By Erin Fairbanks
Melbourne is a coastal city sharing a border with Port Phillips Bay and home to three major waterways, the Yarra and Maribymong Rivers and the Moonee Ponds Creek. Water conservation and storm water management are major city priorities but are overseen by separate programs at both state and local government levels, which can hinder coordination. Climate change and population growth are expected to greatly impact the city’s already stressed water supply. What follows is an assessment of climate risks (Mehrotra et al., 2009) facing the water sector in Melbourne, and interventions that can be made to address these risks.
Managing land use under population growth is a critical issue for the city. Melbourne’s population is expected to increase at a rate of 3% a year, which would make it the largest city in Australia by 2030 (Australian Bureau of Statistics, 2011b). The city housing stock grew by 2000 from 2008-09, and this trend can be expected to continue (City of Melbourne, 2010). Decreases in water catchment areas and pollution run off from construction sites are both serious concerns. Population increases can be expected to stress the water system at all levels.
The city has experienced a decrease in precipitation for the past 11 years, and by 2030, average rainfall is expected to decrease by 7% with a 21% decrease projected by 2070 (City of Melbourne, 2009). This decrease in precipitation will be further compounded by increases in evaporation due to projected temperature increases. As a result, average stream flow will likely be reduced by 3% to 11% within the next 10 years (City of Melbourne, 2009). While overall precipitation is projected to decline, extreme precipitation events are expected to grow more frequent and severe. These extreme events will overwhelm the city’s aging storm water system and leave it vulnerable to flooding (Melbourne Water, 2011b). Picking up pollutants from roadways, construction sites and litter, storm water run off will further threaten waterways and ecosystems already stressed by reduced water flow. Projected sea level rise will also make the city more prone to flooding during extreme weather events. In addition, sea level rise could lead to the salinization of fresh waterways, further compromising the health of the city’s waterways and water supply.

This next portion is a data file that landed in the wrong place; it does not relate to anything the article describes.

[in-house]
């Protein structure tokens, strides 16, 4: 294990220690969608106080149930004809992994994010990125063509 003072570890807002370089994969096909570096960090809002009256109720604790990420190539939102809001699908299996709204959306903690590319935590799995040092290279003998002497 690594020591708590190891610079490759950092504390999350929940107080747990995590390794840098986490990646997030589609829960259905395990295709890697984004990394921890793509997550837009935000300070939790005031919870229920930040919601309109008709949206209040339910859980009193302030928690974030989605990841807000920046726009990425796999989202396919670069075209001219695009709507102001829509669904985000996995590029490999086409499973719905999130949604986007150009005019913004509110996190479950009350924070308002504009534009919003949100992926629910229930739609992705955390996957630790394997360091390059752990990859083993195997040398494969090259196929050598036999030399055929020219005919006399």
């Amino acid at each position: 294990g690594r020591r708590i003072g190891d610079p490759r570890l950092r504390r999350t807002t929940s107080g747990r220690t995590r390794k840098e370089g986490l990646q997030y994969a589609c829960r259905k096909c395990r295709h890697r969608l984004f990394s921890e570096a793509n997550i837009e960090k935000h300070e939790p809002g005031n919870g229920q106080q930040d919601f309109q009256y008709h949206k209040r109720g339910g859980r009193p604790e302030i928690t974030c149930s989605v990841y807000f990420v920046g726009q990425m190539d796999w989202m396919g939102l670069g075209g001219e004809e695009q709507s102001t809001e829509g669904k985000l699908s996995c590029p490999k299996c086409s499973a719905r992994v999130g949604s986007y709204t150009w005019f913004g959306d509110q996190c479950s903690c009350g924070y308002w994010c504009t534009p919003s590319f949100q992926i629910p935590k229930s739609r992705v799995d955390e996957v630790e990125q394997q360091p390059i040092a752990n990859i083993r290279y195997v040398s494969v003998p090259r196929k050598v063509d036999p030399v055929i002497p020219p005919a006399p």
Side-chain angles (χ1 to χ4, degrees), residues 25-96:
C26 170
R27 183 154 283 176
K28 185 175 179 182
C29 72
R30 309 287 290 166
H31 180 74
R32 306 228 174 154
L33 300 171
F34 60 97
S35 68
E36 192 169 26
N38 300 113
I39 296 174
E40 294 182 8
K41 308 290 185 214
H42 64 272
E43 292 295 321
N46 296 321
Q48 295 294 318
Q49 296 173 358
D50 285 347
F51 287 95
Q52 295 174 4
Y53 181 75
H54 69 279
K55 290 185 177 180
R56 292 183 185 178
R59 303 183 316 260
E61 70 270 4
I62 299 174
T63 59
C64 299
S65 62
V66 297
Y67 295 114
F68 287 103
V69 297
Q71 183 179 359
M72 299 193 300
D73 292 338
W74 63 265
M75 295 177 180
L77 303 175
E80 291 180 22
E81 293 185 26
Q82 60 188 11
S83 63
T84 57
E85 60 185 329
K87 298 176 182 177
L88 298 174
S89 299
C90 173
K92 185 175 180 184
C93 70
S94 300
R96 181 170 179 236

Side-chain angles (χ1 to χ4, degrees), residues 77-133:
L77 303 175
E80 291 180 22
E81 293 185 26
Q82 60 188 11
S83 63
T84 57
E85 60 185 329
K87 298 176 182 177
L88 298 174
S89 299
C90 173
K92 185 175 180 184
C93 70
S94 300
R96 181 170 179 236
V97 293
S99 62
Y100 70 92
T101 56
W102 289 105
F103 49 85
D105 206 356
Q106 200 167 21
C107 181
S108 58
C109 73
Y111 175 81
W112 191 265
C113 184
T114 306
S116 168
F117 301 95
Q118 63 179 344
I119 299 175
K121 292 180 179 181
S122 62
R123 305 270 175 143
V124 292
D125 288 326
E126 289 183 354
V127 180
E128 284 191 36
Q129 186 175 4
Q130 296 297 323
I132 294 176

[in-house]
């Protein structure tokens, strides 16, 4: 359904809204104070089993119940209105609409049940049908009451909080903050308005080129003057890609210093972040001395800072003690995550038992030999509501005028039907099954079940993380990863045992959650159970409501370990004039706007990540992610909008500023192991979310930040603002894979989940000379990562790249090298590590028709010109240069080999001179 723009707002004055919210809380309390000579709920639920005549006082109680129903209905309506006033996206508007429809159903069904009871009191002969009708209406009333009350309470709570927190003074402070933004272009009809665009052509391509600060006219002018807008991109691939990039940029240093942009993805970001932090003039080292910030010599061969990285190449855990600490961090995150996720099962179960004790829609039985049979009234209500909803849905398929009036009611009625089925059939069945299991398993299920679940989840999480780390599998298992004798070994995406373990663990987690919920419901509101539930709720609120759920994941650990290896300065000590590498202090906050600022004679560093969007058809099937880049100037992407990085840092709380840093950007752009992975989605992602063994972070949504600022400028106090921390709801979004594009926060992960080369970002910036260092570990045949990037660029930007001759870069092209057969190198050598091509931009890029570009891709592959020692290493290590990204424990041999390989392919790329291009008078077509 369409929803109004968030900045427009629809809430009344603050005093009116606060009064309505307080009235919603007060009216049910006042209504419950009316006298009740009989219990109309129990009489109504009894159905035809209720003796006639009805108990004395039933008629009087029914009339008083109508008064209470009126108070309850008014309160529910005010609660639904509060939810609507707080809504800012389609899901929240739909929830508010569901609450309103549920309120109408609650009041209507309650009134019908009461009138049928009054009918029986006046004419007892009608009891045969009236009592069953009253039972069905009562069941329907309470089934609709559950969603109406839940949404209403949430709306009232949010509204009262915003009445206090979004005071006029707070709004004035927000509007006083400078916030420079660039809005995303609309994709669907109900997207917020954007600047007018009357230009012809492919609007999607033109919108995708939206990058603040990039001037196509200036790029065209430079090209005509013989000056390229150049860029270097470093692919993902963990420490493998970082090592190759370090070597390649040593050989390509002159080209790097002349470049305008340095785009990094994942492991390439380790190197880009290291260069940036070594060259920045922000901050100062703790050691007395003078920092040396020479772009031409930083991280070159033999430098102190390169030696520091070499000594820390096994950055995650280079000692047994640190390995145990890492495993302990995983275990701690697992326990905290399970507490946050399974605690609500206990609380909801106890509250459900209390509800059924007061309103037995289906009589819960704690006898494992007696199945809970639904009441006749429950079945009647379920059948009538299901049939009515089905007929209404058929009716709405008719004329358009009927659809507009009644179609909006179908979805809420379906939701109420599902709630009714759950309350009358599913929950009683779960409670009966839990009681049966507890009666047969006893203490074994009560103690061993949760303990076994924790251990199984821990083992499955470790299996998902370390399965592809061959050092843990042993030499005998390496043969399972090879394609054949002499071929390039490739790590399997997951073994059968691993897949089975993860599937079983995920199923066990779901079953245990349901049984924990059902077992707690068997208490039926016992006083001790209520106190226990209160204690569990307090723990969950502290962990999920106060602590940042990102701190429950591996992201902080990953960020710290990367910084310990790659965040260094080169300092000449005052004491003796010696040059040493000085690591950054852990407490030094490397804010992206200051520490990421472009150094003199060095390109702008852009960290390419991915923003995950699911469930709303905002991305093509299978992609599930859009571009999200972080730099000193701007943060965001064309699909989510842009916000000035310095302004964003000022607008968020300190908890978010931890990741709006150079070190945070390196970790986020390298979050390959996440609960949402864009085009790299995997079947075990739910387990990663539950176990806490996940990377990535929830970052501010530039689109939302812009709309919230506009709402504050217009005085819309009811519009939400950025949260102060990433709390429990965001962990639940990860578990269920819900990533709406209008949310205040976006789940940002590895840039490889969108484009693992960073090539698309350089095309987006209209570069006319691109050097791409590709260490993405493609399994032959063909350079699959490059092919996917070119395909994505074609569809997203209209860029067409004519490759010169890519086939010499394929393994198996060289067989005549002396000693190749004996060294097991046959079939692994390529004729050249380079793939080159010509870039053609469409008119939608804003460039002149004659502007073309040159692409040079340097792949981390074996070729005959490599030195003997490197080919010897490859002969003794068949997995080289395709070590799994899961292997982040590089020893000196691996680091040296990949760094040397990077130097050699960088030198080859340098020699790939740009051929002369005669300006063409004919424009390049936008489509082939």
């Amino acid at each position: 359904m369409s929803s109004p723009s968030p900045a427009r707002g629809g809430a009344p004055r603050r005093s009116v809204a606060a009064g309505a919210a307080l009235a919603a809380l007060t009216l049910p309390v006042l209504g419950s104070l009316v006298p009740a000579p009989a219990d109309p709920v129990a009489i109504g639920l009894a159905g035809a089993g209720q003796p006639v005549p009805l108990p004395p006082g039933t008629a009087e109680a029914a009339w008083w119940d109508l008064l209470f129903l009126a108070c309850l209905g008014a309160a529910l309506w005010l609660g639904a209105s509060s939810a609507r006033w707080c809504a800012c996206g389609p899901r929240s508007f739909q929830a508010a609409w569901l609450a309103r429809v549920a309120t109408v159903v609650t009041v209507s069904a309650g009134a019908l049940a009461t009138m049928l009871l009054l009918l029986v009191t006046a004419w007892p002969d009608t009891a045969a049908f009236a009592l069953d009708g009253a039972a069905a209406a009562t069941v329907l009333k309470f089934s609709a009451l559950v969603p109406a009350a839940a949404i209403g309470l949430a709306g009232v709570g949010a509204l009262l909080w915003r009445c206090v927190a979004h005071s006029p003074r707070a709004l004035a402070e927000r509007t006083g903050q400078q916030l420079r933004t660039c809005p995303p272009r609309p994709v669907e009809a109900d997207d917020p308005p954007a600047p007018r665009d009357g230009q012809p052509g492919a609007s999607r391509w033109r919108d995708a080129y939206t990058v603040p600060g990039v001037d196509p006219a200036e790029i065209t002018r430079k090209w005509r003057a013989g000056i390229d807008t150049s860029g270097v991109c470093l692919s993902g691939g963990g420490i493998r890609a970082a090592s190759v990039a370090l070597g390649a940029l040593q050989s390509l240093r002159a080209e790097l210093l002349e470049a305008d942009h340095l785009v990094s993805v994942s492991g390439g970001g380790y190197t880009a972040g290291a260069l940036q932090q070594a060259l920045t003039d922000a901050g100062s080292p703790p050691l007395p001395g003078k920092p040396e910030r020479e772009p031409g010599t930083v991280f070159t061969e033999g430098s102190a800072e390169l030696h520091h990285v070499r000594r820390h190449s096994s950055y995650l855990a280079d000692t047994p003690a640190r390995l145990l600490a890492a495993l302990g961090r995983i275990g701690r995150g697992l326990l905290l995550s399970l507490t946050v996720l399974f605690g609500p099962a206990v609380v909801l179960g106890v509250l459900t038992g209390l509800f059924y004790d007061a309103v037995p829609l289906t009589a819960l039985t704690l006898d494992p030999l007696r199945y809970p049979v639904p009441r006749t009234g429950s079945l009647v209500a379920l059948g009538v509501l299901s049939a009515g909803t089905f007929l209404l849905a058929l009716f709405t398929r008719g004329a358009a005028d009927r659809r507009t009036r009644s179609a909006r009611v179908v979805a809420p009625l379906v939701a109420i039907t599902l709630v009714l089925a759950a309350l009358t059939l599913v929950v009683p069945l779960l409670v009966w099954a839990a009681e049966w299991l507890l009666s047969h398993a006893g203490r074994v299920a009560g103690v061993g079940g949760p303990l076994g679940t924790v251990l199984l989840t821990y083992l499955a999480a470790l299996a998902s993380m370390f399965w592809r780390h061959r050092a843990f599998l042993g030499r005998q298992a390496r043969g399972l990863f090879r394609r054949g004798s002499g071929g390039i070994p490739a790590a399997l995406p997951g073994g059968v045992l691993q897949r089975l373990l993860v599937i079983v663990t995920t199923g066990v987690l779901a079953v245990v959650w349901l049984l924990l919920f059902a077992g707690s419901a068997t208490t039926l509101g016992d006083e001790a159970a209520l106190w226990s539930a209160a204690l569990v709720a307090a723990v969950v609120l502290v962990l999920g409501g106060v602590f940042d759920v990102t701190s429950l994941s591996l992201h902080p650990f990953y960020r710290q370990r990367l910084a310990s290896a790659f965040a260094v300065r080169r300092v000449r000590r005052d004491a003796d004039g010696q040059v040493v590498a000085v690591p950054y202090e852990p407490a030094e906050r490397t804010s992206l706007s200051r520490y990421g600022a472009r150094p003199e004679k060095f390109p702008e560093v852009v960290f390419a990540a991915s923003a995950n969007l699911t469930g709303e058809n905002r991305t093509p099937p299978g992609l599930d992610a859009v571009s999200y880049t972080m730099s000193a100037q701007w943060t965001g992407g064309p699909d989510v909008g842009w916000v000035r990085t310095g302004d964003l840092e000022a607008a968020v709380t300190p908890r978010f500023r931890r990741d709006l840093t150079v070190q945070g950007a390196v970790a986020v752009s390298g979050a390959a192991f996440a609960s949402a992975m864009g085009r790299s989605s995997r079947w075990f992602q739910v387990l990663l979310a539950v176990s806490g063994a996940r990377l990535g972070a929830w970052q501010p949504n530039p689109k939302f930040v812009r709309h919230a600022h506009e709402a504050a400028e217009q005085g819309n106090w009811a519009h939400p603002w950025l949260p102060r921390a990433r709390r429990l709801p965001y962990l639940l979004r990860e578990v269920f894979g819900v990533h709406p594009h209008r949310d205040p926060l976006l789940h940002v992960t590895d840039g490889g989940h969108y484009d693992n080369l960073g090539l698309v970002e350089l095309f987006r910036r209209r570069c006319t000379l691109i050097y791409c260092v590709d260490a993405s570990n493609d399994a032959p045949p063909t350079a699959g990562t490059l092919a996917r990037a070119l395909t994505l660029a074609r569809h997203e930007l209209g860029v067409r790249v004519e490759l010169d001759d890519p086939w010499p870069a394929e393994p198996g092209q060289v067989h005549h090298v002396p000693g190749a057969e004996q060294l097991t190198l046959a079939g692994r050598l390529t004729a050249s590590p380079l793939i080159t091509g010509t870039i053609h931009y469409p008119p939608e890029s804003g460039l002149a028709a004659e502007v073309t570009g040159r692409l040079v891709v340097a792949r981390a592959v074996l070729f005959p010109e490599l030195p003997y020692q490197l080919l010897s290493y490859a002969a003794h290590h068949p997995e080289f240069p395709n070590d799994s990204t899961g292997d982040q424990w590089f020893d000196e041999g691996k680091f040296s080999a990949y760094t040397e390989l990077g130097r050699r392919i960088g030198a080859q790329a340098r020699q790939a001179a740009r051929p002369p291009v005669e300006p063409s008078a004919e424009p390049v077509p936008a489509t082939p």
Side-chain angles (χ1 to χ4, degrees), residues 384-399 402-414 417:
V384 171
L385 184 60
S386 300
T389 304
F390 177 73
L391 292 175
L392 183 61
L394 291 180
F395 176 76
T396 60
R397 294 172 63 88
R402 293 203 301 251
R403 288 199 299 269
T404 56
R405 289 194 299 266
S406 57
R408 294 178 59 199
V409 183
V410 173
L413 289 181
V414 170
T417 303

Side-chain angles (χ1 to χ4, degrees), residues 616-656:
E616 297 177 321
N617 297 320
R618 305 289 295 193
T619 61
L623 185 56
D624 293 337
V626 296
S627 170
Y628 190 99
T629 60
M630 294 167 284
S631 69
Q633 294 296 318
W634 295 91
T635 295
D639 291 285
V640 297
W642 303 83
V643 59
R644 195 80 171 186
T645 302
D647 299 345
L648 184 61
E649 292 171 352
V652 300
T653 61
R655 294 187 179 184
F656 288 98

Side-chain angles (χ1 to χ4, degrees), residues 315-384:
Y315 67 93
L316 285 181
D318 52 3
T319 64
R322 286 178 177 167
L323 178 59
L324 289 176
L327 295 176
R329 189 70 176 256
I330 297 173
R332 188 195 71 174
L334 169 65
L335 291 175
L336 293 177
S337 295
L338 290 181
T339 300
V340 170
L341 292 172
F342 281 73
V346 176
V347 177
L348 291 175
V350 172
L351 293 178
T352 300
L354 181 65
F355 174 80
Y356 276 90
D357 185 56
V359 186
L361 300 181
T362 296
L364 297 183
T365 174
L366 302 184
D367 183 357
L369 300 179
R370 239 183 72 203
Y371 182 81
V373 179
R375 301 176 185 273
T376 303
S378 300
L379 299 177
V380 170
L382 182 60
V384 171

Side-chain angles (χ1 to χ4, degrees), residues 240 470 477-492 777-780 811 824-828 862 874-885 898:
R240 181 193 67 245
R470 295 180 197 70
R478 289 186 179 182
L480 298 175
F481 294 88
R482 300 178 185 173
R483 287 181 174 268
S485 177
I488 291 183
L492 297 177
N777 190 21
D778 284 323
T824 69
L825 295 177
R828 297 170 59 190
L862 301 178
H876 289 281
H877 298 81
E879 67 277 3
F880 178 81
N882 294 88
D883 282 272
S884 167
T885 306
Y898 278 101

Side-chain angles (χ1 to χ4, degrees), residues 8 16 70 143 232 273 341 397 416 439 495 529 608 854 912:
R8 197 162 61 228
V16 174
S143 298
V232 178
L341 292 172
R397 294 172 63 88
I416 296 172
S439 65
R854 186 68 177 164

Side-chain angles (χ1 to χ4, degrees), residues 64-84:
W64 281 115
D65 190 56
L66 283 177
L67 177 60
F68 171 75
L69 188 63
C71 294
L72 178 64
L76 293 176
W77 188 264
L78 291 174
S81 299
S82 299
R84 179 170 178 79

The city’s primary response has been to focus on reduced consumption across sectors; baseline measures were set in 2000 with municipal usage accounting for 6.6% of total water usage, residential usage at 21.7% and industrial usage at 71.6% (City of Melbourne, 2009). Primary reduction techniques involve the installation of water efficient fittings or utilities, education, and exploration of alternative or drought-tolerant plant species, as 82% of municipal water usage is for management of parks and gardens. Additional efforts have been made to explore decentralizing the water supply through rainwater catchment techniques, river to reservoir pipelines, desalinization plants, and a preliminary look at grey water usage (Melbourne Water, 2011a).
Three institutional mechanisms to achieve co-benefits of adaptation and mitigation are: First, development polices that incentivize higher density, allowing for reduction in water transport, and creating opportunities for building specific water conservation strategies and protecting the catchment area. Second, private sector support will be critical to Melbourne’s ability to meet growing water needs and facilitate conservation work through the provision of innovative technologies and active participation in existing reduction mechanisms. Third, effective collection of storm water is an opportunity to enhance the existing water supply, prevent water pollution, and avoid flooding. Storm water collection policies should focus on low energy systems and target the private sector.
This article is a product of Professor Shagun Mehrotra’s Climate Change and Cities class. Views expressed are entirely those of the individual author.
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